Coloradoans love their mountains, they love their beer and they love their Broncos. But above all, Coloradoans love to recount their storms.
“It’s almost a right of passage,” said Lorraine Bridges, 77, Arvada. “The more storms you’ve lived through the more you have to tell. I feel like I’ve been through all of them.”
Bridges is an anomaly in modern Colorado terms. A lifetime Coloradoan who grew up on the Western Slope before settling with her husband Andrew near the foothills in the late 1960s. She has seen most of the state’s great storms from the Christmas Eve blizzard of 1982 to the “don’t call it Spring” pummeling of 2003.
With last week’s bomb cyclone shutting down a great part of the state and Wyoming many Coloradoans have, again, started to reflect on storms past, including some of the largest the state has seen.
Christmas Eve, 1982
“I woke up Christmas morning to an exquisite, sunny Winter wonderland,” said Carol Gannett of the Christmas Eve blizzard of 1982 that dumped 23.8 inches on Denver and even more in some areas across the state. “I was in Colorado Springs, it was the most ‘Christmasy’ holiday I ever had. There was nothing moving out there except a few brave souls in Jeeps.”
Similar to the bomb cyclone storm that swept through the state last week, the blizzard of 1982 contained blinding winds and snowfall for well over 24 hours.
The timing of the storm meant no school closures and fewer people having to brave the storm to get to work, but it did ground several flights at Stapleton International Airport (Denver’s main airport at the time) leaving many holiday travelers stranded.
“I was stuck at my job for three days because the roads were buried that long,” said Mike Skaggs. “(I was paid) time and a half for most of the days. I got triple time for Christmas and free access to the boss’s refrigerator full of Christmas party food.”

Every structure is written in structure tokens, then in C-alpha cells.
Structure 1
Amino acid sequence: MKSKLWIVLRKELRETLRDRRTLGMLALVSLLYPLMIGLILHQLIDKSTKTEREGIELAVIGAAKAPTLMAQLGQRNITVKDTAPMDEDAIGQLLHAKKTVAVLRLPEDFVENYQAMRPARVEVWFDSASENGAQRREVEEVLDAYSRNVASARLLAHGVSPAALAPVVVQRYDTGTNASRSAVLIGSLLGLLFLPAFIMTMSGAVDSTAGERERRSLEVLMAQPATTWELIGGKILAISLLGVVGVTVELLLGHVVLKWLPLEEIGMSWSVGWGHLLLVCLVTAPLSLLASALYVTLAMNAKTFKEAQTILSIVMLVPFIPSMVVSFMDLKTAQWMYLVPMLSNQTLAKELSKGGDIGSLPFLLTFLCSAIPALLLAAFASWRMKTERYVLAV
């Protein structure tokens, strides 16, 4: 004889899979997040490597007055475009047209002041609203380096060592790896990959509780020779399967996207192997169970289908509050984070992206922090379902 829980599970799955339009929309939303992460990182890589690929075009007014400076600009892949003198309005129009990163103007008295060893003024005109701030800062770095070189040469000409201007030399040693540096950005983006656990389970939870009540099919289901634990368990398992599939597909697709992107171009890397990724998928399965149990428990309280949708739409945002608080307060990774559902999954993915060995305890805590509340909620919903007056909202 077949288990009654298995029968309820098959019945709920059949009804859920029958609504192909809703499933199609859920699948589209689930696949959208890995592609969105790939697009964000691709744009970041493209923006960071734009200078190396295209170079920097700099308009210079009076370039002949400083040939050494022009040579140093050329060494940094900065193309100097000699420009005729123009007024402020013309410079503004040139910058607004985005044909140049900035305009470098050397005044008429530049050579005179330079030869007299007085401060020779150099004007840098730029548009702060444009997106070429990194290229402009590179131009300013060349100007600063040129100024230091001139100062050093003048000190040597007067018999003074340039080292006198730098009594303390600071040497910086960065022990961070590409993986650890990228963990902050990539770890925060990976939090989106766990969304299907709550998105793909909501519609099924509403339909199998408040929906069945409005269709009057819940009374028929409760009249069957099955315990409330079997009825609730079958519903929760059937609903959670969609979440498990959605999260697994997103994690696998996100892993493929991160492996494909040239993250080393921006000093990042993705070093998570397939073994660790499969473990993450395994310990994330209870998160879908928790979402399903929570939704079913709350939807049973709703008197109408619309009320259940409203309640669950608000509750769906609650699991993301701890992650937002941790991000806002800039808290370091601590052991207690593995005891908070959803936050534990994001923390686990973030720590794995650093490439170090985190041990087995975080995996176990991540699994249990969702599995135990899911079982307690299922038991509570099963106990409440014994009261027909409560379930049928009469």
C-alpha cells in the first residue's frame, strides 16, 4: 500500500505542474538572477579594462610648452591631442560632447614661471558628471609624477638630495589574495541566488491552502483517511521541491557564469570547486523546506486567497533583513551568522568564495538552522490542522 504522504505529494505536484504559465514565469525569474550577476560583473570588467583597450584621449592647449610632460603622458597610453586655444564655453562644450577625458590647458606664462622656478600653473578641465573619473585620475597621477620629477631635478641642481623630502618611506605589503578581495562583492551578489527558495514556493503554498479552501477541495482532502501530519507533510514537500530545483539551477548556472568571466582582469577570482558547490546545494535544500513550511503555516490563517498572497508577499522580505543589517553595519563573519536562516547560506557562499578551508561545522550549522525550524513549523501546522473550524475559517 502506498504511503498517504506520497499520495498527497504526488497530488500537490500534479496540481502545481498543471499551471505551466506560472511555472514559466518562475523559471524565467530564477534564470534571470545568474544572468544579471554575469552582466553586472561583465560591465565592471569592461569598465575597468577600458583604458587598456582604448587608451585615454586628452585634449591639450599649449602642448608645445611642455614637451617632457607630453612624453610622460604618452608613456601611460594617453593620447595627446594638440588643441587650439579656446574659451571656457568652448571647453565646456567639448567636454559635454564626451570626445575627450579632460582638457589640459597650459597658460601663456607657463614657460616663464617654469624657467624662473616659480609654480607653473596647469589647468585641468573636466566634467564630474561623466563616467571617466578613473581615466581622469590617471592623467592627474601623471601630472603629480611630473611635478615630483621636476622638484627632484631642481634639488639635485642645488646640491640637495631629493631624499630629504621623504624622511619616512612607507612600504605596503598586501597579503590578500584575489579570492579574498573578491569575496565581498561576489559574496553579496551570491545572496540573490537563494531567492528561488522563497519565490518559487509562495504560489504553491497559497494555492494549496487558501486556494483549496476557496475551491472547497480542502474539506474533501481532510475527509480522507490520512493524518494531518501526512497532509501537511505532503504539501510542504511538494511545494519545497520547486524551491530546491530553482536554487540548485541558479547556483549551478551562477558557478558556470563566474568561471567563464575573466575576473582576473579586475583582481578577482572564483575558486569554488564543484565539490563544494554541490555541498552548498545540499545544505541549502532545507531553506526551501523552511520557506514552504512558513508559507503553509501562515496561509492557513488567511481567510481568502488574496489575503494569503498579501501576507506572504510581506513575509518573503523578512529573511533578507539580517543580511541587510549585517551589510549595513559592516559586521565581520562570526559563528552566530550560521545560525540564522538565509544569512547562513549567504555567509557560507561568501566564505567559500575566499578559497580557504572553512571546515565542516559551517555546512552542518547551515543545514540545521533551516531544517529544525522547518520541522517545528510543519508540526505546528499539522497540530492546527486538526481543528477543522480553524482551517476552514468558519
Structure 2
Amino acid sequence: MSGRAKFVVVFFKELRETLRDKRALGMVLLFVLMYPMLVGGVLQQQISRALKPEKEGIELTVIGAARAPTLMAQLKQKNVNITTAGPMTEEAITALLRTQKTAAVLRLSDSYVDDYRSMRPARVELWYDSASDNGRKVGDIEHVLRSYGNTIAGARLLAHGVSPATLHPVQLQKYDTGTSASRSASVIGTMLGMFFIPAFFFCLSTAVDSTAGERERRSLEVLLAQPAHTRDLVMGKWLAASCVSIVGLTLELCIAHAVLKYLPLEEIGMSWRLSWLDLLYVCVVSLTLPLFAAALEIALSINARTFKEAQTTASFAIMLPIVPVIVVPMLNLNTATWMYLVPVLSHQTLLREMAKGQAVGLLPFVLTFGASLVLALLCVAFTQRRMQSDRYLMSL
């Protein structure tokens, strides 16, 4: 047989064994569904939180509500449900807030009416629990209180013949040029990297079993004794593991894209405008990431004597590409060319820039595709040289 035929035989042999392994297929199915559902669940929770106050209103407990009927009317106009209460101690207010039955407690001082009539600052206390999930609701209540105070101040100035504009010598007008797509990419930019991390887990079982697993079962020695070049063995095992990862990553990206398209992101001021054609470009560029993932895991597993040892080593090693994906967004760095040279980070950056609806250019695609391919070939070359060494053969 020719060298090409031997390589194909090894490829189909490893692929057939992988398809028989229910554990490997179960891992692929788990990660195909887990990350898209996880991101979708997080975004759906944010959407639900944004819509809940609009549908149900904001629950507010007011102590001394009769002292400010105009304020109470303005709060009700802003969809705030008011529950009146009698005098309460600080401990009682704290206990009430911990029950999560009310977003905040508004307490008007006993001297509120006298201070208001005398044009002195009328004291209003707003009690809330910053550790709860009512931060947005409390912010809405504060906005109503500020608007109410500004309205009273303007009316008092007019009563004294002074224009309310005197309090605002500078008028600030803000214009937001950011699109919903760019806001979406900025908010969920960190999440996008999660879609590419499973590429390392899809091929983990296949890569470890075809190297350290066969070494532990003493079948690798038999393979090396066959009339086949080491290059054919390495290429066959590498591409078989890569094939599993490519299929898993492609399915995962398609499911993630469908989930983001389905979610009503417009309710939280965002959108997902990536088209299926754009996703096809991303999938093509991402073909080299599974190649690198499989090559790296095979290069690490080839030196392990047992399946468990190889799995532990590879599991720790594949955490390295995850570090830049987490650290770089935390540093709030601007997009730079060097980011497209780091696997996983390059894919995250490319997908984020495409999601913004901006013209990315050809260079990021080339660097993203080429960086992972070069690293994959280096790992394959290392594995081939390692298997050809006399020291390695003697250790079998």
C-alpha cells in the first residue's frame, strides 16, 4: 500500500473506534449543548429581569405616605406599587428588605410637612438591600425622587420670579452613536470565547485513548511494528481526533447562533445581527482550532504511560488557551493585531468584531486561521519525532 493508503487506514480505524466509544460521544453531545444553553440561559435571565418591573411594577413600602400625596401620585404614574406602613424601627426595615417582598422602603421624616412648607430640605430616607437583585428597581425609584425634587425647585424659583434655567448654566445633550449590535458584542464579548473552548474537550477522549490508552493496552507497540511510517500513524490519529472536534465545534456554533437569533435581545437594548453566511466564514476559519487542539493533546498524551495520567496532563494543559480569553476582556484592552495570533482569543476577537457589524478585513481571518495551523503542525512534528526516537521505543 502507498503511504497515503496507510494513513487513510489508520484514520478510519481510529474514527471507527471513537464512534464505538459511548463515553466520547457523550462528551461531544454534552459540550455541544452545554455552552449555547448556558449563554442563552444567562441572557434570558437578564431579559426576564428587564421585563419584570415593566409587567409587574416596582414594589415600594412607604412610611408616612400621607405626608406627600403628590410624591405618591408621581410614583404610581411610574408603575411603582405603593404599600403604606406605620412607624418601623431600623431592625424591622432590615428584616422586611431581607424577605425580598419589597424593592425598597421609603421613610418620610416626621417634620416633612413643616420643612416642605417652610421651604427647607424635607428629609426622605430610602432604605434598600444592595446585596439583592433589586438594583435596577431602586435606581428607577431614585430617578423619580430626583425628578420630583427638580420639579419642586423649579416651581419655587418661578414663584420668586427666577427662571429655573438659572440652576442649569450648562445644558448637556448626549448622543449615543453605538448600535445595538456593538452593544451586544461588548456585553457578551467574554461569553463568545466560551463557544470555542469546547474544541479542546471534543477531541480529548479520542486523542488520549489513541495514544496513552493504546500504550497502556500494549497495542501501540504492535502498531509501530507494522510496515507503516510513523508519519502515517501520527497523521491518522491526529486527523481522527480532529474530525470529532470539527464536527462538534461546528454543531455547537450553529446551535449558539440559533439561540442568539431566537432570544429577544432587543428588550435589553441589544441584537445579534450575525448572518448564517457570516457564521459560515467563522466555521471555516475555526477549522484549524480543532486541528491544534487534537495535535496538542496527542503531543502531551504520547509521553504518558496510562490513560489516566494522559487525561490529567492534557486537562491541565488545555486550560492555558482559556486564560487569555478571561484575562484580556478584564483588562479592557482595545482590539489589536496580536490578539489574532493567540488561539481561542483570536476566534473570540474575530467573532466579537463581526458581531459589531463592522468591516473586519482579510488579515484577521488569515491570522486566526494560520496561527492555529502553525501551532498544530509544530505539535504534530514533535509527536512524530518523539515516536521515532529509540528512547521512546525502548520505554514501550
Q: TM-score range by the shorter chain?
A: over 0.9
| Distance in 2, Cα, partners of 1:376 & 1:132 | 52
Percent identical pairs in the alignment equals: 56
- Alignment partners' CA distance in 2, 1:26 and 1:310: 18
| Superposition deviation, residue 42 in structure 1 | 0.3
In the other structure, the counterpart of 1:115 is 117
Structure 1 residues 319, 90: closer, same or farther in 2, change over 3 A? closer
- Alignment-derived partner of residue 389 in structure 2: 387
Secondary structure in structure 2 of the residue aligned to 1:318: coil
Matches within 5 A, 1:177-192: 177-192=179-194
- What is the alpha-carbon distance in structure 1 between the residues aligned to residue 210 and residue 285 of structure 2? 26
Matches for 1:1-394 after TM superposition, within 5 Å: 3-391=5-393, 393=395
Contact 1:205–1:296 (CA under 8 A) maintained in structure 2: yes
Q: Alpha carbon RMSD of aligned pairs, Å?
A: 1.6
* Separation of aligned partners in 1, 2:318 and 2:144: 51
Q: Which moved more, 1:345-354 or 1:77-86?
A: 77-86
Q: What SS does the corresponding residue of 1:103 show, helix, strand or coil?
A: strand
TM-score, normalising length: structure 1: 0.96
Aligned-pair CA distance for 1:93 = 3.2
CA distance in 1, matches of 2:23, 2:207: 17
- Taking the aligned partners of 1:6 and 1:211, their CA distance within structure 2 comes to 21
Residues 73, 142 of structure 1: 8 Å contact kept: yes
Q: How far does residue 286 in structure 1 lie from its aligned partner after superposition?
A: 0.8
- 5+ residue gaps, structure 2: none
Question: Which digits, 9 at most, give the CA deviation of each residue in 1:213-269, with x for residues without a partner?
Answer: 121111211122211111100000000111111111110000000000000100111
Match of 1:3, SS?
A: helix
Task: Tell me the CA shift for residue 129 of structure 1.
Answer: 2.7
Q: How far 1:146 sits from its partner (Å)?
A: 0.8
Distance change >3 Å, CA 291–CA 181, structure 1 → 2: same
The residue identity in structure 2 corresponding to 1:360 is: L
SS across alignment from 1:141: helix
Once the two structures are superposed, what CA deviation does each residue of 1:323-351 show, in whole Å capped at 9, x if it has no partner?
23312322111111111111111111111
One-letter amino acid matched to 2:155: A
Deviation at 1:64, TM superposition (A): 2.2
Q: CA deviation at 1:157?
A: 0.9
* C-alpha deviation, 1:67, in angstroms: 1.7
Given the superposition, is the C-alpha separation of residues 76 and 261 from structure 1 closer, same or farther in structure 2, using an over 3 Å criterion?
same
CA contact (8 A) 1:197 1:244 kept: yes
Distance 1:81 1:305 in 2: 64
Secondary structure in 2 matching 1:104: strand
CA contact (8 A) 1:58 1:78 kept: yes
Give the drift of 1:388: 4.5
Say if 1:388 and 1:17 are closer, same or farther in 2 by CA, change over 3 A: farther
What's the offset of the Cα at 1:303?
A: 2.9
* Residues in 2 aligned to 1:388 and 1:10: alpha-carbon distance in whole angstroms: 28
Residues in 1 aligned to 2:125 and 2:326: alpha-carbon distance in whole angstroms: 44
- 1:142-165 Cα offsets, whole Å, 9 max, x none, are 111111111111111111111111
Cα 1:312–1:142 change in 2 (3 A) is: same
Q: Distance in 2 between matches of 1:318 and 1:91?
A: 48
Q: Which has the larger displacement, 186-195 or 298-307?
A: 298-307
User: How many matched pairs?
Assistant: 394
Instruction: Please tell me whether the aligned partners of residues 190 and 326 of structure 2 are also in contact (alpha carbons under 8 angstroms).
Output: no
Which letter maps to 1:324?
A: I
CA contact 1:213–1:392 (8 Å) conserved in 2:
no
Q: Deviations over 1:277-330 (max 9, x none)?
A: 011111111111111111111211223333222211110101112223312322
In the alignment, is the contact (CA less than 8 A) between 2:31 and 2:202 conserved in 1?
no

“We had been training hard all season and were tapering that week specifically to run on Saturday,” recounted Luke Michaels of the 1997 CHSAA state cross country meet in Pueblo that was cancelled the weekend of October 24, 1997 due to the unprecedented 22 inches of snow that fell that weekend. “We were ready to run and then, boom, we had nowhere to run.”
Again travelers were stranded due to the storm shutting down runways and grounding passenger jets, but those stranded passengers were now stuck at the brand new Denver International Airport where there were no hotels nearby.
The never-ending Winter
The ninth largest storm in Denver’s history was the blizzard of December 20-21, 2006 that left 21-plus inches in Denver and throughout the metro area. That storm, however, has a different distinction as it was the catalyst to 61 consecutive days of one inch of snow or more on the ground.
“I don’t think I saw the road of our cul-de-sac until March,” said Bridges. “The big storm was fun because it was another white Christmas, but it seemed like every weekend after that, more snow would fall and it was just too cold for any of it to melt.”
Almost Spring Thing 2003
One of the most notorious storms in the state’s history was March 17-19, 2003. The storm left 32 inches of heavy, wet Spring snow across the state. Roofs caved in, trees fell under the weight and the foothills saw up to 82 inches.
“It snowed a lot and then it snowed some more,” said Steve Smith, 67, a Highlands Ranch resident at the time. “My wife had taken the girls away for Spring Break and my older kids were in college, so I was left to manage the damage on my own. I remember looking out my window and watching as half of our Aspen fell to the ground. I was lucky our roof didn’t do the same.”
Though the most recent slew of storms may have been some of the worst many current Colorado residents have seen in the state, Bridges knows, “they ain’t seen nothing.”